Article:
Usage Notes

When to Use 'Smote' and When to Use 'Smitten'

It really depends on who's doing the smiting


We often hear that words such as literally should not be allowed to take on certain figurative meanings that appear to mean the opposite of the word’s ostensible earliest meaning. However, the English language is rich in words which mean a thing and its opposite (these are called contronyms). We have many words such as cleave, splice, and finished, all of which have senses differing greatly from each other.

smitten-vs-smote

J.M.W. Turner, "The Fifth Plague of Egypt." Despite the painting's title, it was exhibited with a quotation describing the seventh plague: "The hail smote throughout all the land of Egypt all that was in the field, both man and beast...."

And we have even more words which may not have senses that are opposite to each other, but are still dissimilar enough to invite question. Smitten, for instance.

Nowadays, when we refer to someone as smitten we are most likely saying that they are captivated or infatuated with a thing or a person (usually a person). This past participle of smite may be the most common sense of the word found today, but it is also a bit of an outlier, and markedly different from most of the other senses. Smite comes from an Old English word meaning “to smear or defile,” and the meanings of the word did not improve very much when it moved from Old English to Middle English and on to Early Modern English.

Smite has had a number of sense over the ages, most of which had to do with striking, hitting, injuring, punishing, or afflicting someone. If we look at books published in the first half of the 17th century, the following is a very partial list of the kinds of things people were getting smitten with: Leprosy, death, the plague, blindness, fear, sorrow, remorse, a most stinking and vile disease, ulcers, boils, the sword, fiery darts from heaven, the pox, barrenness, angels, God’s displeasure/hand/scourges/rod/terrible thunderbolts/wrath…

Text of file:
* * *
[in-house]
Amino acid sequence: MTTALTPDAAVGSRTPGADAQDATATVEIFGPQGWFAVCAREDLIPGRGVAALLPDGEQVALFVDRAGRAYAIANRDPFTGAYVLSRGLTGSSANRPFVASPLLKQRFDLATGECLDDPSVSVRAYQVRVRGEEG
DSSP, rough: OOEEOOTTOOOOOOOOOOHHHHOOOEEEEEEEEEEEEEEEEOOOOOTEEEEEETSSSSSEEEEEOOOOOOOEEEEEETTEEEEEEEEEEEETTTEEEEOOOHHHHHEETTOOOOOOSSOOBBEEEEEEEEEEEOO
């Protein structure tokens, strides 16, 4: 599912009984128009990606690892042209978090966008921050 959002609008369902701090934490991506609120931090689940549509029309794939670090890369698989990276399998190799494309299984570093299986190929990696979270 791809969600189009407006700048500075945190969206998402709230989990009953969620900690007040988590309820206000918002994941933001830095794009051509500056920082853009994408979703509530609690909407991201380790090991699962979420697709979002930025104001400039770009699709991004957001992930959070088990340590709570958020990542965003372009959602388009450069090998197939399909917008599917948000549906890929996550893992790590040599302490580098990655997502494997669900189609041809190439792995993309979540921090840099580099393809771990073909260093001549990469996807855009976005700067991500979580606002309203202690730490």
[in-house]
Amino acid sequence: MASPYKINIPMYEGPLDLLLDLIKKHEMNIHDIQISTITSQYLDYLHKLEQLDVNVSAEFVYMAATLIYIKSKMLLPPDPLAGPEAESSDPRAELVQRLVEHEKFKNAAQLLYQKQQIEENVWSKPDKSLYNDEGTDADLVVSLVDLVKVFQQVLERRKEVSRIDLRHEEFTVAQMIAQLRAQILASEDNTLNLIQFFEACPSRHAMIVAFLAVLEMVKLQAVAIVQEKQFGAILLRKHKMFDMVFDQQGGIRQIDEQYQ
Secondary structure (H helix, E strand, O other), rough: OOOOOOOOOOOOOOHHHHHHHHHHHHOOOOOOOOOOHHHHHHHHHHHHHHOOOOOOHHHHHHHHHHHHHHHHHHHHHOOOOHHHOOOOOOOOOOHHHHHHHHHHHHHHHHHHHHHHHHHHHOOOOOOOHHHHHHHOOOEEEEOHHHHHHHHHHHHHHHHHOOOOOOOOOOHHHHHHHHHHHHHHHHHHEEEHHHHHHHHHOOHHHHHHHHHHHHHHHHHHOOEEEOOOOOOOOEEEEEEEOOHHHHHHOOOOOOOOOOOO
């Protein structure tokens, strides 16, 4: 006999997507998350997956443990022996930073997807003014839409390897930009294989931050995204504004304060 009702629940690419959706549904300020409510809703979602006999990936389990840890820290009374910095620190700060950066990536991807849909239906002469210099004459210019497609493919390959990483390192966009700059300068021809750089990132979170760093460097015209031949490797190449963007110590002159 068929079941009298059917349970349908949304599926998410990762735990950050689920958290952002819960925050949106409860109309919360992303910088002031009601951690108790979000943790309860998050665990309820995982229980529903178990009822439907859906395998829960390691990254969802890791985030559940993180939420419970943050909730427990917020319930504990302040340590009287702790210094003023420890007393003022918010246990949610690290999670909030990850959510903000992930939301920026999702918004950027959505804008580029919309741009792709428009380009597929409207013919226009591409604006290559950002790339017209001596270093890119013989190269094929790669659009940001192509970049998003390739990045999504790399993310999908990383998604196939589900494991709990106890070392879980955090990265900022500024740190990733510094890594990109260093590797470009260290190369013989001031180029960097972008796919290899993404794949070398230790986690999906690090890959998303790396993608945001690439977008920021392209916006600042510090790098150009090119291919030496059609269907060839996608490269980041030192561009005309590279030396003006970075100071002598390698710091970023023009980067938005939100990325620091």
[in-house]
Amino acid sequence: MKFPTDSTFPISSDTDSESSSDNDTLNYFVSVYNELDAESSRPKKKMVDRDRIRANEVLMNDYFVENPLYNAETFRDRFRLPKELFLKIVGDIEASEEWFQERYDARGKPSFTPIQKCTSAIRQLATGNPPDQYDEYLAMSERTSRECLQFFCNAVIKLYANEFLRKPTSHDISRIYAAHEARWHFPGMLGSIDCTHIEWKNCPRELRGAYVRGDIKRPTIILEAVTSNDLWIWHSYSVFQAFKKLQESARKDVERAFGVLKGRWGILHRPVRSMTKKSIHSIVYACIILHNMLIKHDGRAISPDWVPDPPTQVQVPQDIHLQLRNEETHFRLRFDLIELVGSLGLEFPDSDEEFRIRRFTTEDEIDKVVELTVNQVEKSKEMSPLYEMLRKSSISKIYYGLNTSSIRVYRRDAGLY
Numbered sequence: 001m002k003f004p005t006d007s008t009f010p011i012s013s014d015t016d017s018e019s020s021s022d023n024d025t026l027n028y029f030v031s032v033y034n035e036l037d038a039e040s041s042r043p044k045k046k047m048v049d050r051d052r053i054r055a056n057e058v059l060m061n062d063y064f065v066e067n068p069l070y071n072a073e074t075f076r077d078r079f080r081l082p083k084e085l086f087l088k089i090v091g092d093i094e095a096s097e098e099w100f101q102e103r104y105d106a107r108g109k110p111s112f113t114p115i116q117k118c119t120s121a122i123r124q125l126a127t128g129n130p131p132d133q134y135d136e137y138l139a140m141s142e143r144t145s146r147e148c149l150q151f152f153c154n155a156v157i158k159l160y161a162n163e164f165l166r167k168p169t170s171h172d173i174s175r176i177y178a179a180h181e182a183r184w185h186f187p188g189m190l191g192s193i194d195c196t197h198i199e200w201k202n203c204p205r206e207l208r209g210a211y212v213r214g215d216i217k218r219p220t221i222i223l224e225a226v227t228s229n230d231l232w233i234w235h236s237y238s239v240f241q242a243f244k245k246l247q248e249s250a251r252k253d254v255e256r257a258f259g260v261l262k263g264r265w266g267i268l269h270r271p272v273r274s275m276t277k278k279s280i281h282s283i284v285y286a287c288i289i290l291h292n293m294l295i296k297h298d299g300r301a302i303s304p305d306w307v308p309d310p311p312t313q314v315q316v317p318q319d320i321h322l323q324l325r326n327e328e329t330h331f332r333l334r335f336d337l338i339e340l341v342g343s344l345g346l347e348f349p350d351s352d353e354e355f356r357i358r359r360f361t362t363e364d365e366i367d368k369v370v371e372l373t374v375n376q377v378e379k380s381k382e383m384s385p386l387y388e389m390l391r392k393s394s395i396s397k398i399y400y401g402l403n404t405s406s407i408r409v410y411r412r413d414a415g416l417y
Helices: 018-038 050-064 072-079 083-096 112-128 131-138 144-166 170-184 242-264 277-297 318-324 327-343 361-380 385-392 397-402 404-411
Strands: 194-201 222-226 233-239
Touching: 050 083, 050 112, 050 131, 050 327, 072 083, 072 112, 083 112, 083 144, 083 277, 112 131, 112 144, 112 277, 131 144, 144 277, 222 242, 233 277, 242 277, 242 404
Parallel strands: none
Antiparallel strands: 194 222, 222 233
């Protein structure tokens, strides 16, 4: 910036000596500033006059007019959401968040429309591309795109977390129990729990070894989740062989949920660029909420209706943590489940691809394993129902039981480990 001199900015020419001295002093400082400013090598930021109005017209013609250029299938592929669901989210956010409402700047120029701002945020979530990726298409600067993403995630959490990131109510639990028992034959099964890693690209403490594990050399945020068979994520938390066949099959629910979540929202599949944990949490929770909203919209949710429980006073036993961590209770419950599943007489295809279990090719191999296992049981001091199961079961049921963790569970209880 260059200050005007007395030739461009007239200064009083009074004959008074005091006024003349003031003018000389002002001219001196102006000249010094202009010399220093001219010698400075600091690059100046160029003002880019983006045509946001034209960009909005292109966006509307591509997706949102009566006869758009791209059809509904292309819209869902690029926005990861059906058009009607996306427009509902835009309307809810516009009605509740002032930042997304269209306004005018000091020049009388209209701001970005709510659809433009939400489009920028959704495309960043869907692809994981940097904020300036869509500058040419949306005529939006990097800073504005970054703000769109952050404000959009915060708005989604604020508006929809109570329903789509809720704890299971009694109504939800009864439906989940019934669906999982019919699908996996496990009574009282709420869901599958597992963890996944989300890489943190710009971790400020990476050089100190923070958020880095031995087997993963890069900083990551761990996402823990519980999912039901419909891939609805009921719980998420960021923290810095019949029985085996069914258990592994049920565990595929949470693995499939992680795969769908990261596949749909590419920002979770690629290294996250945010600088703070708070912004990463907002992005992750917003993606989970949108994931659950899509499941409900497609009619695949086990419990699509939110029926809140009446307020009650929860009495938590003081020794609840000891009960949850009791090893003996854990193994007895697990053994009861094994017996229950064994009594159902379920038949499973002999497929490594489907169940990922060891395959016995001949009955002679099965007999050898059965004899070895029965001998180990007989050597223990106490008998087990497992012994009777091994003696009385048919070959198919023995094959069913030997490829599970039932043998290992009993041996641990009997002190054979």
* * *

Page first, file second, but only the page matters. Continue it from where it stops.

In short, it was not a very good time to be smitten. But! In the middle of the 17th century we begin to see signs that getting smitten might not be so bad after all.

Me-thinks from utmost Inns of Court I see
Young Amorists smitten with Bellesa's look
Caught by the Gills, and fastned to your Book.
—Walter Montagu, The Shepheard’s Paradise, 1659

But smitten with love on sweet Jenny he gaz'd,
and beg'd on his knees that she there would remain….
—(Anon.), The Amorous Gallant, 1655

Around 1650 smitten began to be used to refer to not simply being struck, but being struck with affection or longing. This sense existed for hundreds of years side by side with all the senses which you’d rather avoid, and the fact that smite had dissimilar meanings does not seem to have confused many people (“I found myself smitten.” “Wait…do you mean you’re in love, or do you mean that God’s displeasure has rained fiery darts of leprosy from heaven upon you? Very confused here.”)

What of smote? Is there a difference between being smitten and smote? That depends on who or what was doing the smiting, and when it was being done. In part because it has been in use since the time of Old English, smite has taken on many many variant forms (too many to go over in any detail here). Smote now tends to occupy the past tense of the verb, and smitten tends to serve as the past participle. There has been a great deal of overlap between these roles in the past 800 years or so, and again, both the past tense and the past participles have a good amount of variation (smat, smet, smit, smot, and smyt, are some of these variants, although, oddly enough, smut appears to not be one.

Here is a short and handy guide to the cutting-edge, 21st century forms of smite:

You plan on inflicting dire and retributive punishment on someone: “I will smite you.”

Someone has inflicted dire and retributive punishment on you: “He smote me.”

You are in love (or you have experienced a plague of frogs): “I have been smitten.”



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